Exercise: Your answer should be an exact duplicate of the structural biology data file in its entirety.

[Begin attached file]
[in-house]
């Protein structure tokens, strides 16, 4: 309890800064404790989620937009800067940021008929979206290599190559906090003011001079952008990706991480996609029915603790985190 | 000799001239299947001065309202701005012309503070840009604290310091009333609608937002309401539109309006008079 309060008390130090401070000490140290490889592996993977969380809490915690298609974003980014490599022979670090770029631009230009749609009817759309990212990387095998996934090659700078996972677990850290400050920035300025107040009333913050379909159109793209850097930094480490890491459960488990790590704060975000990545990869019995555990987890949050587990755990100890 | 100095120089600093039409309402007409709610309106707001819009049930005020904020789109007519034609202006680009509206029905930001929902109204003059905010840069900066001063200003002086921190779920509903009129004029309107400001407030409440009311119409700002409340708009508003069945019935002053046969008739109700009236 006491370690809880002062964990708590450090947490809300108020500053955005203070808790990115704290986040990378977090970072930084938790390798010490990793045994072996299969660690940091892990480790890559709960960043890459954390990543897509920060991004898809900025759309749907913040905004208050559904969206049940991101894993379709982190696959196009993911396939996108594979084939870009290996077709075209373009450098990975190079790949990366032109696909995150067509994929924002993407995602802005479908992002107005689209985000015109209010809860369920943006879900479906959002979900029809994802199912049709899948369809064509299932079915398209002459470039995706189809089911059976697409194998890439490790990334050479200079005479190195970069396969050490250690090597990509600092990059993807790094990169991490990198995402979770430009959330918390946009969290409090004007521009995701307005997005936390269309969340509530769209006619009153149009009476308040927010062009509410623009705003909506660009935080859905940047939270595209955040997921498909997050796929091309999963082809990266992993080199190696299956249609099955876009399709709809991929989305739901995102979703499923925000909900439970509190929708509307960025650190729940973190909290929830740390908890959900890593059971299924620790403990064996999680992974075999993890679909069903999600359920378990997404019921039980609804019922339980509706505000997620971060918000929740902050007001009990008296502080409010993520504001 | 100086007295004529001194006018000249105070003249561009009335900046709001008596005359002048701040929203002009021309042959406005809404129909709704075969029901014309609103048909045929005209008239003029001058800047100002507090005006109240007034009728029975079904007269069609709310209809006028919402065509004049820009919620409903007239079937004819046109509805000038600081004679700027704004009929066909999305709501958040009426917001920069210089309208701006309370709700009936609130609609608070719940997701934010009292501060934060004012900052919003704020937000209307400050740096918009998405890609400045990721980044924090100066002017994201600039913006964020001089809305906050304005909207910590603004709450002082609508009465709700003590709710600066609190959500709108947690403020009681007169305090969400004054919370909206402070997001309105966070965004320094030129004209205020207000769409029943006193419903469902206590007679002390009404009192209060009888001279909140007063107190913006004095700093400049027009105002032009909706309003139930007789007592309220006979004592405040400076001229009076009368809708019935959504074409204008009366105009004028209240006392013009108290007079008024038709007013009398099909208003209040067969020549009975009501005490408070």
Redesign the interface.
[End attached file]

[in-house]
């Protein structure tokens, strides 16, 4: 309890800064404790989620937009800067940021008929979206290599190559906090003011001079952008990706991480996609029915603790985190 | 000799001239299947001065309202701005012309503070840009604290310091009333609608937002309401539109309006008079 309060008390130090401070000490140290490889592996993977969380809490915690298609974003980014490599022979670090770029631009230009749609009817759309990212990387095998996934090659700078996972677990850290400050920035300025107040009333913050379909159109793209850097930094480490890491459960488990790590704060975000990545990869019995555990987890949050587990755990100890 | 100095120089600093039409309402007409709610309106707001819009049930005020904020789109007519034609202006680009509206029905930001929902109204003059905010840069900066001063200003002086921190779920509903009129004029309107400001407030409440009311119409700002409340708009508003069945019935002053046969008739109700009236 006491370690809880002062964990708590450090947490809300108020500053955005203070808790990115704290986040990378977090970072930084938790390798010490990793045994072996299969660690940091892990480790890559709960960043890459954390990543897509920060991004898809900025759309749907913040905004208050559904969206049940991101894993379709982190696959196009993911396939996108594979084939870009290996077709075209373009450098990975190079790949990366032109696909995150067509994929924002993407995602802005479908992002107005689209985000015109209010809860369920943006879900479906959002979900029809994802199912049709899948369809064509299932079915398209002459470039995706189809089911059976697409194998890439490790990334050479200079005479190195970069396969050490250690090597990509600092990059993807790094990169991490990198995402979770430009959330918390946009969290409090004007521009995701307005997005936390269309969340509530769209006619009153149009009476308040927010062009509410623009705003909506660009935080859905940047939270595209955040997921498909997050796929091309999963082809990266992993080199190696299956249609099955876009399709709809991929989305739901995102979703499923925000909900439970509190929708509307960025650190729940973190909290929830740390908890959900890593059971299924620790403990064996999680992974075999993890679909069903999600359920378990997404019921039980609804019922339980509706505000997620971060918000929740902050007001009990008296502080409010993520504001 | 100086007295004529001194006018000249105070003249561009009335900046709001008596005359002048701040929203002009021309042959406005809404129909709704075969029901014309609103048909045929005209008239003029001058800047100002507090005006109240007034009728029975079904007269069609709310209809006028919402065509004049820009919620409903007239079937004819046109509805000038600081004679700027704004009929066909999305709501958040009426917001920069210089309208701006309370709700009936609130609609608070719940997701934010009292501060934060004012900052919003704020937000209307400050740096918009998405890609400045990721980044924090100066002017994201600039913006964020001089809305906050304005909207910590603004709450002082609508009465709700003590709710600066609190959500709108947690403020009681007169305090969400004054919370909206402070997001309105966070965004320094030129004209205020207000769409029943006193419903469902206590007679002390009404009192209060009888001279909140007063107190913006004095700093400049027009105002032009909706309003139930007789007592309220006979004592405040400076001229009076009368809708019935959504074409204008009366105009004028209240006392013009108290007079008024038709007013009398099909208003209040067969020549009975009501005490408070």
Redesign the interface.